Spondias pinnata belonging to family Anacardiaceae (cashew family) commonly known as Wild mango. It is widely spread in the topical region. The administration of plant extract of Spondias pinnata (with dose 200mg/kg ) has been reported to have antibacterial and ulcerprotective [25] Additionally, the antioxidant activity of this plant has been reported by using 70% of methanolic extract of stem bark of Spondias mangnifera.[26]

Rationale

Ischemic heart disease will be the global burden on health care.

Spondias pinnata has already reported as an antioxidant which may be play an important role in cardioprotection.

Aim and objectives

To study the effect of ethanolic extract of stem bark of Spondias pinnata on ischemic preconditioning of heart.

Objectives:

To investigate the role of Spondias pinnata in cardioprotective effect of ischemic preconditioning.

To explore the potential of plant extract of Spondias pinnata

Material and method:

Isolated perfused rat heart:

Heparinise the rats 20 min before sacrificing the animal. Anesthetize the rats with thiopental sodium (40mg/kg/i.p) remove the heart and mount on a langendorff's apparatus. Isolated heart is then retrogradely perfused at constant pressure of 80 mm Hg with Krebs- Henseleit buffer pH 7.4, maintained at 370C, bubble with 90% O2. Maintain the flow rate at 7-9 mL/ min using Hoffman's screw. Enclose the heart in a double walled jacket and maintain the temperature of circulating water at 370C. Global ischemia is produced for 30 min by blocking the inflow of Krebs - Henseleit solution which is followed by reperfusion for 120 min. Collect the coronary effluent immediately, 5min and 30 min after reperfusion for estimation of lactate dehydrogenase (LDH) and creatine kinase (CK).

Estimation of infarct size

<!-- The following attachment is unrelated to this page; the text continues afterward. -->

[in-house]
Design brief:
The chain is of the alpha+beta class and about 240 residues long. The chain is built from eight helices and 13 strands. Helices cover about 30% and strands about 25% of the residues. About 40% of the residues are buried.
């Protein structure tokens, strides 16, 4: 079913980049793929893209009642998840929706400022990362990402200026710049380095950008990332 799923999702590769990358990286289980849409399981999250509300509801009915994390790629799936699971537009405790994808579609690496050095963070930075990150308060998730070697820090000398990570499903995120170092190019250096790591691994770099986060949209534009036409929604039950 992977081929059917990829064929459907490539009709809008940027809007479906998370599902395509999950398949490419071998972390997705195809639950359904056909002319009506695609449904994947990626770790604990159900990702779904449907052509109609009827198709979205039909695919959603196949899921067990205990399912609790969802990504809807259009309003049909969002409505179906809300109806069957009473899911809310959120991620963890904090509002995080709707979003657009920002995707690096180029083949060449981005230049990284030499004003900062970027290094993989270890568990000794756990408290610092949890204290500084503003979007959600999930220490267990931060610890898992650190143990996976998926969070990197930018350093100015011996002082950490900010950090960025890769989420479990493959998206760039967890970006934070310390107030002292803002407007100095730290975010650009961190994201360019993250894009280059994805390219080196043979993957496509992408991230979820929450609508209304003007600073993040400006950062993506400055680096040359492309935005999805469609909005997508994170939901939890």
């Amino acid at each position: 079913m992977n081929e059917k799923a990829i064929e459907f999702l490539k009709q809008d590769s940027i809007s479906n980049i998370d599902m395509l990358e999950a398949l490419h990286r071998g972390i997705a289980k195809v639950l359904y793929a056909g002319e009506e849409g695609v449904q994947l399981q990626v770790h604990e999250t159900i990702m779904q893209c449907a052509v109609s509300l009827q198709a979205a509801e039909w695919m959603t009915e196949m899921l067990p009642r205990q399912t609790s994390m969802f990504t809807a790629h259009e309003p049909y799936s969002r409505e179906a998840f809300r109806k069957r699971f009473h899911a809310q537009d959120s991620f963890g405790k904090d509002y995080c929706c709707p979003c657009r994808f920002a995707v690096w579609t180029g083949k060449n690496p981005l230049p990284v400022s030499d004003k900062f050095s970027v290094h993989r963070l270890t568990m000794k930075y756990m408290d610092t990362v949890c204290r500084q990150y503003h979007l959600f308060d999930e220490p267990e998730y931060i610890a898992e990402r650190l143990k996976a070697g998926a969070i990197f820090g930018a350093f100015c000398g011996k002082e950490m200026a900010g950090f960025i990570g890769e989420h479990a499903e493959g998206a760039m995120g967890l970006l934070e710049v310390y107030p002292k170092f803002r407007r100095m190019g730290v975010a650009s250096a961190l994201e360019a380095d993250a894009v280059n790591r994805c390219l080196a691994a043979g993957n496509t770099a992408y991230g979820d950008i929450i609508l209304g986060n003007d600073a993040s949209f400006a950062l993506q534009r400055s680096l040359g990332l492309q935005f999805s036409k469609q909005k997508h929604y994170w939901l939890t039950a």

Remove the heart from Langendorff's apparatus. Both the auricle and root of aorta are excised and ventricle kept overnight at 00C. Slice the frozen ventricles into uniform section of 2-3 mm thickness. Incubate in 1% triphenyltertrazolium chloride (TTC) at 370C in tris buffer (pH 7.4) for 20min. TTC is converted to red formazone pigment by NADH and dehydrogenase enzyme and therefore the viable cells stained deep red. The infarct cells have lost the enzyme and cofactor and thus remain unstained or dull yellow. Place the ventricular slices between two glass plates. Place the transparent plastic grid with 100 squares in 1 cm2 above it. Calculate average area of the ventricular slice by counting the number of square on either side. Similarly count number of square falling over non stained dull yellow area. Infarct size is expressed as percentage of average ventricular area.[27]

Estimation of lactate dehydrogenase (LDH)

Principle

LDH catalyses the following reaction:

Lactate + NAD Pyruvate + NADH

The pyruvate so formed is coupled with 2, 4-dinitrophenylhydrazine (2, 4-DNPH) to give correspondence hydrazone which gave a brown colour in alkaline medium. The intensity of this colour was proportional to the amount of LDH activity and is measured spectrophotometrically at 440 nm.

Procedure

Standard Curve

Tube No.

1

2

3

4

5

6

7

Enzyme Activity (IU/L)

0

167

333

500

667

833

1000

Pyruvate solution (ml)

000

0.05

0.10

0.15

0.20

0.25

0.30

NADH solution (ml)

000

0.05

0.10

0.15

0.20

0.25

0.30

Buffered lactate (ml)

1.00

0.90

0.80

0.70

0.60

0.50

0.40

NAD solution (ml)

000

0.20

0.20

0.20

0.20

0.20

0.20

Distilled water (ml)

0.30

0.10

0.10

0.10

0.10

0.10

0.10

DNPH reagent (ml)

1.00

1.00

1.00

1.00

1.00

1.00

1.00

Mix and incubate at 37°C for 15 min

NaOH solution (ml)

10

10

10

10

10

10

10

All the tubes are vortexed and optical density is measured spectrophotometrically at 440 nm taking tube 1 as blank, standard curve is plotted taking enzyme activity on X-axis and optical density on Y-axis.

Control (C)

0.1 ml of distilled water is added to 0.5 ml of buffered lactate. The contents are mixed well and incubated at 37°C for 20 min. To the above solution, 0.5 ml of DNPH colour reagent and 0.05 ml of coronary effluent (collect immediately after reperfusion) are added. Contents are vortexed and incubated at 37°C for 15 min. Then 5 ml of sodium hydroxide solution is added and the mixture is allowed to stand at room temperature for 5 min.